Final installation of 4×4 celebrates student art

4X4

The Art and Interactive Multimedia (IMM) Building saw its last installation of the 4×4 Debut Student Art Exhibition Series last week with four exhibits installed, painted, photographed, sketched, constructed or curated by students.

Exhibits by Andrew Lubas, senior digital arts major, Ewa Pietrzyk, junior art education major, Dalia Elhaj, senior art education major, Amy Lu, senior fine arts major, and Crystal Kan, junior digital art major and YenHui Sophia Liu, senior art education major, graced the East and West galleries from April 15-21. They were the final exhibits of a four-week art series that showcased student work in the Art and IMM Building’s four exhibition spaces.

“(The 4×4 series) is an outgrowth of an annual program we do in the art department every year” Sarah Cunningham, director of the College’s Art Gallery, said. “In the past, we had one big exhibit each year, and this year, in the new space, we had a chance to reconsider the concept and work in a new area. I think seeing the results has really been very rewarding.”

Cunningham commended artists on their hard work as host of an awards ceremony held last Wednesday. The ceremony paid tribute to the achievements of students who participated and doled out purchase awards, awards given out by certain individuals or departments who plan to purchase the art they recognize. She also noted the groundbreaking nature of this year’s student art exhibition.

“We had student curators for the first time in the history of these exhibits,” Cunningham said.

Those walking away with purchase awards were Liu (President’s Award), Meghan Baier, senior fine arts major (Provost’s Award), Matt Pembleton, sophomore art education major (Student Affairs Award), Jim Tramontano, senior art education major (Dean’s Award), and Lubas and Lindsey Hardifer, sophomore graphic design major (Art Department Awards). Receiving commendation were Katie Rossiter, junior fine arts major (Award for Conceptual Art), Pietryzk (Art Department Certificate of Achievement) and Patrick Hughes, senior art education major (Student Choice Award).

The Art Students Association (ASA) coordinated the Student Choice Award, which invited students to vote on the exhibit they found most deserving of recognition.

“This is something that actually gave students a chance to participate directly in the judging process,” said Katie Petrillo, ASA co-president and junior art education major.

President R. Barbara Gitenstein, awestruck by the quality of art exhibited, expressed her trouble choosing just one to purchase.

“It was very difficult, because it was an extraordinary collection of student talent,” Gitenstein said

One-fourth of that talent was displayed last week during the final installation.

Two exhibits occupied the East Gallery, each an exploration of artistic mediums. One, installed by Pietrzyk, dealt with creative interpretation of an open-ended inspiration – “Yoko Ono’s Grapefruit,” a book of “instructions,” according to the subtitle, that provides the reader with short, abstract directives. One reads, “Listen to the sound of the earth turning.” Another reads, “Listen to the sound of the underground water.” Pietryzk, rather than following the directions literally, sketched out her interpretations of them.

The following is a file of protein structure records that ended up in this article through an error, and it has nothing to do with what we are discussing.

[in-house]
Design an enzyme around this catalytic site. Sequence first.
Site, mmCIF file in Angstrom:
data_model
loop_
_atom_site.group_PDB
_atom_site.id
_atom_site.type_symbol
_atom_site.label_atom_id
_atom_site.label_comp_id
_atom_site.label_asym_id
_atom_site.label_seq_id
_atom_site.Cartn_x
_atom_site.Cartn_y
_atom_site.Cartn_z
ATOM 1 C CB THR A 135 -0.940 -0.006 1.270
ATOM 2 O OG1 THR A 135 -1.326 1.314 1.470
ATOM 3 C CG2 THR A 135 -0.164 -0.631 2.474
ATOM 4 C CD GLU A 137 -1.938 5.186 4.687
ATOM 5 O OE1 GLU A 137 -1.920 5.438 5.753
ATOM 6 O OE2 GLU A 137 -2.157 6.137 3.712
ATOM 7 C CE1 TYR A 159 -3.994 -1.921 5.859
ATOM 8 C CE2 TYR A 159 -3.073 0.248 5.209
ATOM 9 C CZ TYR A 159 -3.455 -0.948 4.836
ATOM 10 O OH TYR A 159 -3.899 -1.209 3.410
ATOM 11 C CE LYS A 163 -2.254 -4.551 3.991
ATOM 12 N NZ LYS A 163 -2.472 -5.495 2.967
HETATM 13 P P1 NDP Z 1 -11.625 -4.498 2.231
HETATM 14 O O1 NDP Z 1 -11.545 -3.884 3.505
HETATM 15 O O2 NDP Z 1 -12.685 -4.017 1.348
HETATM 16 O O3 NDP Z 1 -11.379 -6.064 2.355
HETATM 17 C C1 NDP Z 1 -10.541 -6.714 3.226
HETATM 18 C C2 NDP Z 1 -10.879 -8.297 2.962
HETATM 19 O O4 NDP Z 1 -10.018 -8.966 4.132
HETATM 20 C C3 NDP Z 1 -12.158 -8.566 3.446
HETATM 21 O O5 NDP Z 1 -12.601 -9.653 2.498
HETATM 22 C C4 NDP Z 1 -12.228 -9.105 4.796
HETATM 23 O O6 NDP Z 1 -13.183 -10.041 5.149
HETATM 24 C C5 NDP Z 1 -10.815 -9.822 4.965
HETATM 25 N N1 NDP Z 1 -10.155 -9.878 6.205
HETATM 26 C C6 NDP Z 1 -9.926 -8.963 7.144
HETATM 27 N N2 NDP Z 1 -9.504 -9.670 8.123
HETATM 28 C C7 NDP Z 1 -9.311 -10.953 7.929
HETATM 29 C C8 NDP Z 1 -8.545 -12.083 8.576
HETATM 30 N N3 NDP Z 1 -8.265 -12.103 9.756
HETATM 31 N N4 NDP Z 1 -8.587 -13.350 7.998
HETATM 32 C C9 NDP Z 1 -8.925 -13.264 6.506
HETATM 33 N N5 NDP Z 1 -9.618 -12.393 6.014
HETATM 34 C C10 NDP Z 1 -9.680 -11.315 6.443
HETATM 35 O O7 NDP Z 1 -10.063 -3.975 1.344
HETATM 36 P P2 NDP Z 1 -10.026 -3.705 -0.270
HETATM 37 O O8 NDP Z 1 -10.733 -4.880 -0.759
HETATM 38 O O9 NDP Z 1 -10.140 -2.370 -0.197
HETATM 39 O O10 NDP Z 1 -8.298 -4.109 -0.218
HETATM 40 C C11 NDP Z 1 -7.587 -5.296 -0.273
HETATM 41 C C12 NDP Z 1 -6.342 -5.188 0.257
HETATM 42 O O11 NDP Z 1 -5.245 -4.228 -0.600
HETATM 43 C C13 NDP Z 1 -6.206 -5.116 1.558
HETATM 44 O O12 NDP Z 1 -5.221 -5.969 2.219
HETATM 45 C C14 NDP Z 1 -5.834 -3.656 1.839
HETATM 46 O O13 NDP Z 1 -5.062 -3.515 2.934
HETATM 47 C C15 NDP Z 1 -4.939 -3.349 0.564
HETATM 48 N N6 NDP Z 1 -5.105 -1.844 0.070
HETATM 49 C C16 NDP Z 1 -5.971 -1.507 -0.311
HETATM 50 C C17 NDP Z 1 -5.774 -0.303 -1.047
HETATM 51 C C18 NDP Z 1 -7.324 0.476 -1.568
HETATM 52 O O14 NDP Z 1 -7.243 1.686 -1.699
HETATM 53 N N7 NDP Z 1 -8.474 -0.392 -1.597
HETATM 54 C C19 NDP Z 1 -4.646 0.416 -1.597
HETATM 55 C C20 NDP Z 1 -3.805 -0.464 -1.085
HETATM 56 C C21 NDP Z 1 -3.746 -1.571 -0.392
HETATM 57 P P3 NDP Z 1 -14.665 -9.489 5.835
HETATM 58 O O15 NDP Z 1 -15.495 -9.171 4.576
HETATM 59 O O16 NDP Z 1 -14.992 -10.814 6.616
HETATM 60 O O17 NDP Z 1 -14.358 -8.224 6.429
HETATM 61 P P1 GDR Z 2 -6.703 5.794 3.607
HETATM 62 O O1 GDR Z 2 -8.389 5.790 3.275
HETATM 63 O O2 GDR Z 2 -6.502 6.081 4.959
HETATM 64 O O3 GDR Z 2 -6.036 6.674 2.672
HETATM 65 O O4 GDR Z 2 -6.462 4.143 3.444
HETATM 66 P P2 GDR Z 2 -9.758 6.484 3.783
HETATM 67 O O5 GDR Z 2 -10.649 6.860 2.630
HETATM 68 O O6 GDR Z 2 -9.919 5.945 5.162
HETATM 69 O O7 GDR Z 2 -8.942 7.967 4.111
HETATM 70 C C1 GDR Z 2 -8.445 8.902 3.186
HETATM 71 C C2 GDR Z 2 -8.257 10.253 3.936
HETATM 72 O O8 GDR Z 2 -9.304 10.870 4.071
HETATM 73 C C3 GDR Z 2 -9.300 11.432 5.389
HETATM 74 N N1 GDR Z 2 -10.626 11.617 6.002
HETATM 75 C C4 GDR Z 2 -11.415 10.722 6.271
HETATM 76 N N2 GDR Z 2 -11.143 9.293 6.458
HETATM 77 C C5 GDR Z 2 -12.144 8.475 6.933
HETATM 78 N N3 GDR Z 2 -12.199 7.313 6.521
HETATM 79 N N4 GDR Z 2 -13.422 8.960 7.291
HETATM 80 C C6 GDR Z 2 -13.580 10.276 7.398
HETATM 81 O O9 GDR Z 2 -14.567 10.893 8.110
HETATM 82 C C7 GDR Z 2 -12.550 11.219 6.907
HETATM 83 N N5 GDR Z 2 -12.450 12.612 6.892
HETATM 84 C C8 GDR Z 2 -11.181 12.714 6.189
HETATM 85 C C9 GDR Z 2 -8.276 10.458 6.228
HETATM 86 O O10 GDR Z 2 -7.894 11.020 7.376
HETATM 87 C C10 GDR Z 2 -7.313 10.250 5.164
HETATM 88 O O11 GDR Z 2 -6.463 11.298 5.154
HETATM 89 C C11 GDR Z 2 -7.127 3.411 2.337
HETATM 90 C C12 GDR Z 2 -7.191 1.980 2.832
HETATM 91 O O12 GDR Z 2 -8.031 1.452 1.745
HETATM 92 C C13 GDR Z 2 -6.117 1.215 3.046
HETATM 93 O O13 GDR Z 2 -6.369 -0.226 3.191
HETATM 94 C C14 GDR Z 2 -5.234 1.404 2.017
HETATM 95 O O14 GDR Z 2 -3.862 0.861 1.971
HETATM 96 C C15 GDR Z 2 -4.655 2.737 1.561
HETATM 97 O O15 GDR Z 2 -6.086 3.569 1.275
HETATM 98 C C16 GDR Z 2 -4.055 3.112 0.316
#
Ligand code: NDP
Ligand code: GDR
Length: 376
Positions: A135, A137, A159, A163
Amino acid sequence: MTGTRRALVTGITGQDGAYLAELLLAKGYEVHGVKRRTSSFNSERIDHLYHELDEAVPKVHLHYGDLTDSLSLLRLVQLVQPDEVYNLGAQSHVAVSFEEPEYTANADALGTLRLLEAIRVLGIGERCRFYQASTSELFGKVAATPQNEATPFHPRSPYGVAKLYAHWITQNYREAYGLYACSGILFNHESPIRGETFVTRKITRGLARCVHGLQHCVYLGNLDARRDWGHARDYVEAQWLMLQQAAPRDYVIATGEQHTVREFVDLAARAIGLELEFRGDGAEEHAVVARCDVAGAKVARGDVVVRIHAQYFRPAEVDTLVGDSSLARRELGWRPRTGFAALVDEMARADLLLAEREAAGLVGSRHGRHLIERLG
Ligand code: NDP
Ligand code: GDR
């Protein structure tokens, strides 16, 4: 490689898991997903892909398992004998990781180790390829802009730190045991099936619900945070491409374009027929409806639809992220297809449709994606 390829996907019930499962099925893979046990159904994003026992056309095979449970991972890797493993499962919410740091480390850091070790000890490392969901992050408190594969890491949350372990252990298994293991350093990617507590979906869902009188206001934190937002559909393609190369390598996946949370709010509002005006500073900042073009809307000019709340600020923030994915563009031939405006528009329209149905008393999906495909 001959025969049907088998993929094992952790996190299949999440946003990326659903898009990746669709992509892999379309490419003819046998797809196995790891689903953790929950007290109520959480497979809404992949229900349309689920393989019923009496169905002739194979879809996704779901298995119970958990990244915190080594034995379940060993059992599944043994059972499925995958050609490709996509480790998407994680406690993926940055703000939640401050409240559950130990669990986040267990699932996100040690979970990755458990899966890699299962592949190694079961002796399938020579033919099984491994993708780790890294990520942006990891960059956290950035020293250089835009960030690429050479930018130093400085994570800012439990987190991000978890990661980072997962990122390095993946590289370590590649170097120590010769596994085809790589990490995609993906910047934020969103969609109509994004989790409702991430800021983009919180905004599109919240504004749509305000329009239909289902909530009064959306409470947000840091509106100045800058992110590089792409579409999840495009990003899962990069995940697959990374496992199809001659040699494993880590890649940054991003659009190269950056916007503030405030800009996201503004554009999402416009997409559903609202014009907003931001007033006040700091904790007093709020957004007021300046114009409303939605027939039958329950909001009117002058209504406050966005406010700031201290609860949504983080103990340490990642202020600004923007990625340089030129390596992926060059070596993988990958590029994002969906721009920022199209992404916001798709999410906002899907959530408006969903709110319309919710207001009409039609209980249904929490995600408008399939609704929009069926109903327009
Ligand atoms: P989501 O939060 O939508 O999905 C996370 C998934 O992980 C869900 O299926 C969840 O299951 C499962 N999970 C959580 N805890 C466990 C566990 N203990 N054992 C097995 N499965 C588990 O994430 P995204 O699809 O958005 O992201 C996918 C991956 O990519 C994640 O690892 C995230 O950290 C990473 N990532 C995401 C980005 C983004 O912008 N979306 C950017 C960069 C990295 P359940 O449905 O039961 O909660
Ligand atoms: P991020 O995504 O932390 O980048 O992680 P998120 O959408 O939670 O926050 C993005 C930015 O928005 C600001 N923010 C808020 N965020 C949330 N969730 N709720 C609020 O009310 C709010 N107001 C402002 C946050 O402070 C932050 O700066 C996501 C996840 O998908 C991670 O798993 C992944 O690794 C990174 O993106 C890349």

“It was for my advanced drawing class. We were asked to work with the book and this was my idea of working with it,” Pietryzk said. “(The directives) are really bizarre. But just by working with the book I got really intimate with them. I feel just by drawing them I was able to relate to them, where before it was just so abstract.”

The book contains over 100 directives. But, Pietryzk said, “I decided to do only 55.”

She chose the pieces she identified with.

“I picked whichever ones I felt a closeness to,” she said. “Whichever ones that, as I read, I could see an image of them in my head. In a way it was very spontaneous.”

Pietryzk’s sketches, which took home a certificate of achievement from the art department, patterned the wall, black-and-white and intricate, across from a pedestal that cradled the source of all that ink, Grapefruit.

Sharing the gallery was Lubas’s “Paint,” an exhibit he curated that explores the different amalgamations of paint and surface. A large sheet spans the left wall, smattered with paint, every inch covered. Directly across is a square of wood with old, encrusted paint stuck to its surface.

The exhibit bursts with color, something students celebrated.

“I like the colors. It’s very modern. Definitely reminds me of the MoMA (Museum of Modern Art),” said Alyssa Verano, senior chemistry major.

Her favorite piece in the gallery was by Elhaj, who helped curate another exhibit last week. The piece swirls with turquoise, plum, yellow and green paint.

“I liked that one. It looks like an ocean, the colors. Kinda looks like a swan, too, from far away,” Verano said.

Two more exhibits occupy the West Gallery, each an exploration of straining against limitations. Kan and Liu’s “Stressed College Students” invited students to submit 8.5×11” pictures of themselves posing in facsimile of famed painting “The Scream” by Edvard Munch.

“Invite all your friends to do this!” encouraged Kan in the description for the Facebook event she created to get the word out about the exhibit. “It’s meant to be a fun stress relieving activity while getting more than just art majors involved in the arts.”